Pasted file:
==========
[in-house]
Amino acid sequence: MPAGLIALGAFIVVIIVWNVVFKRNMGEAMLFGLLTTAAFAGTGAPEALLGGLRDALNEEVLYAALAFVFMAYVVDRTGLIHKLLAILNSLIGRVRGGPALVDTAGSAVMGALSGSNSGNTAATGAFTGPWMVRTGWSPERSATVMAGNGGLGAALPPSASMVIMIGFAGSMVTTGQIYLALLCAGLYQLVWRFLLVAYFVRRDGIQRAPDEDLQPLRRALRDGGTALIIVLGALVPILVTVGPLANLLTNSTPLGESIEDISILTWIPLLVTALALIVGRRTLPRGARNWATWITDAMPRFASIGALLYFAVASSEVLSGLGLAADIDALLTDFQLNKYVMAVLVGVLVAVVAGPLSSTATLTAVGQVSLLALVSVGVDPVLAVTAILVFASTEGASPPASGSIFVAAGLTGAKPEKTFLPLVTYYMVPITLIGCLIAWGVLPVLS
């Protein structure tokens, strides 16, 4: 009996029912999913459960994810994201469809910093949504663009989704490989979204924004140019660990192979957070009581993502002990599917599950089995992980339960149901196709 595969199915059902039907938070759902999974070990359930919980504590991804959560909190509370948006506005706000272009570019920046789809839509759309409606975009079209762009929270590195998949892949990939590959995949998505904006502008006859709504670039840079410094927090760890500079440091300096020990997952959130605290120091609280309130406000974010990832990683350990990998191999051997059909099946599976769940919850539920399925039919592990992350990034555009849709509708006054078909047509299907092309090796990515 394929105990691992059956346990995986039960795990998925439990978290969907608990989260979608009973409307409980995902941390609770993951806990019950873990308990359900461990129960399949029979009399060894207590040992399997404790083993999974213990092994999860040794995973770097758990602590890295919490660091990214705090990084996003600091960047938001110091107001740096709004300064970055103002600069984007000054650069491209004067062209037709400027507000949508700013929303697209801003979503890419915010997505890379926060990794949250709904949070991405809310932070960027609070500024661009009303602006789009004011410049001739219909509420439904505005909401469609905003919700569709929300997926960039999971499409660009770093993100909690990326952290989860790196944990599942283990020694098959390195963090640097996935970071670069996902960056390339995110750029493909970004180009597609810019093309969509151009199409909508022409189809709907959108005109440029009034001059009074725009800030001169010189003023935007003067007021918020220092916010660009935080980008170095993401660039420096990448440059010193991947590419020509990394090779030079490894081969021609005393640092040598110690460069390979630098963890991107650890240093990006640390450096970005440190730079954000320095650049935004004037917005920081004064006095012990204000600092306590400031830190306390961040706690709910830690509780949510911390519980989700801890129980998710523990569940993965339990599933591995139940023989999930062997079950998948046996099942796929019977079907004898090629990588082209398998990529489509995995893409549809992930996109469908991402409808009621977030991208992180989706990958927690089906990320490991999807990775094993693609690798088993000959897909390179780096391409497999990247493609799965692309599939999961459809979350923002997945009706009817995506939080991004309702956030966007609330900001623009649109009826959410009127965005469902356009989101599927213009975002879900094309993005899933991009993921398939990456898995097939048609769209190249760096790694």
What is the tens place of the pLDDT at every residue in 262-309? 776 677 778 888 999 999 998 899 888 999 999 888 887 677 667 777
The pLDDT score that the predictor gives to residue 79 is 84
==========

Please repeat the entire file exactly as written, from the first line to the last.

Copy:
[in-house]
Amino acid sequence: MPAGLIALGAFIVVIIVWNVVFKRNMGEAMLFGLLTTAAFAGTGAPEALLGGLRDALNEEVLYAALAFVFMAYVVDRTGLIHKLLAILNSLIGRVRGGPALVDTAGSAVMGALSGSNSGNTAATGAFTGPWMVRTGWSPERSATVMAGNGGLGAALPPSASMVIMIGFAGSMVTTGQIYLALLCAGLYQLVWRFLLVAYFVRRDGIQRAPDEDLQPLRRALRDGGTALIIVLGALVPILVTVGPLANLLTNSTPLGESIEDISILTWIPLLVTALALIVGRRTLPRGARNWATWITDAMPRFASIGALLYFAVASSEVLSGLGLAADIDALLTDFQLNKYVMAVLVGVLVAVVAGPLSSTATLTAVGQVSLLALVSVGVDPVLAVTAILVFASTEGASPPASGSIFVAAGLTGAKPEKTFLPLVTYYMVPITLIGCLIAWGVLPVLS
């Protein structure tokens, strides 16, 4: 009996029912999913459960994810994201469809910093949504663009989704490989979204924004140019660990192979957070009581993502002990599917599950089995992980339960149901196709 595969199915059902039907938070759902999974070990359930919980504590991804959560909190509370948006506005706000272009570019920046789809839509759309409606975009079209762009929270590195998949892949990939590959995949998505904006502008006859709504670039840079410094927090760890500079440091300096020990997952959130605290120091609280309130406000974010990832990683350990990998191999051997059909099946599976769940919850539920399925039919592990992350990034555009849709509708006054078909047509299907092309090796990515 394929105990691992059956346990995986039960795990998925439990978290969907608990989260979608009973409307409980995902941390609770993951806990019950873990308990359900461990129960399949029979009399060894207590040992399997404790083993999974213990092994999860040794995973770097758990602590890295919490660091990214705090990084996003600091960047938001110091107001740096709004300064970055103002600069984007000054650069491209004067062209037709400027507000949508700013929303697209801003979503890419915010997505890379926060990794949250709904949070991405809310932070960027609070500024661009009303602006789009004011410049001739219909509420439904505005909401469609905003919700569709929300997926960039999971499409660009770093993100909690990326952290989860790196944990599942283990020694098959390195963090640097996935970071670069996902960056390339995110750029493909970004180009597609810019093309969509151009199409909508022409189809709907959108005109440029009034001059009074725009800030001169010189003023935007003067007021918020220092916010660009935080980008170095993401660039420096990448440059010193991947590419020509990394090779030079490894081969021609005393640092040598110690460069390979630098963890991107650890240093990006640390450096970005440190730079954000320095650049935004004037917005920081004064006095012990204000600092306590400031830190306390961040706690709910830690509780949510911390519980989700801890129980998710523990569940993965339990599933591995139940023989999930062997079950998948046996099942796929019977079907004898090629990588082209398998990529489509995995893409549809992930996109469908991402409808009621977030991208992180989706990958927690089906990320490991999807990775094993693609690798088993000959897909390179780096391409497999990247493609799965692309599939999961459809979350923002997945009706009817995506939080991004309702956030966007609330900001623009649109009826959410009127965005469902356009989101599927213009975002879900094309993005899933991009993921398939990456898995097939048609769209190249760096790694």
What is the tens place of the pLDDT at every residue in 262-309? 776 677 778 888 999 999 998 899 888 999 999 888 887 677 667 777
The pLDDT score that the predictor gives to residue 79 is 84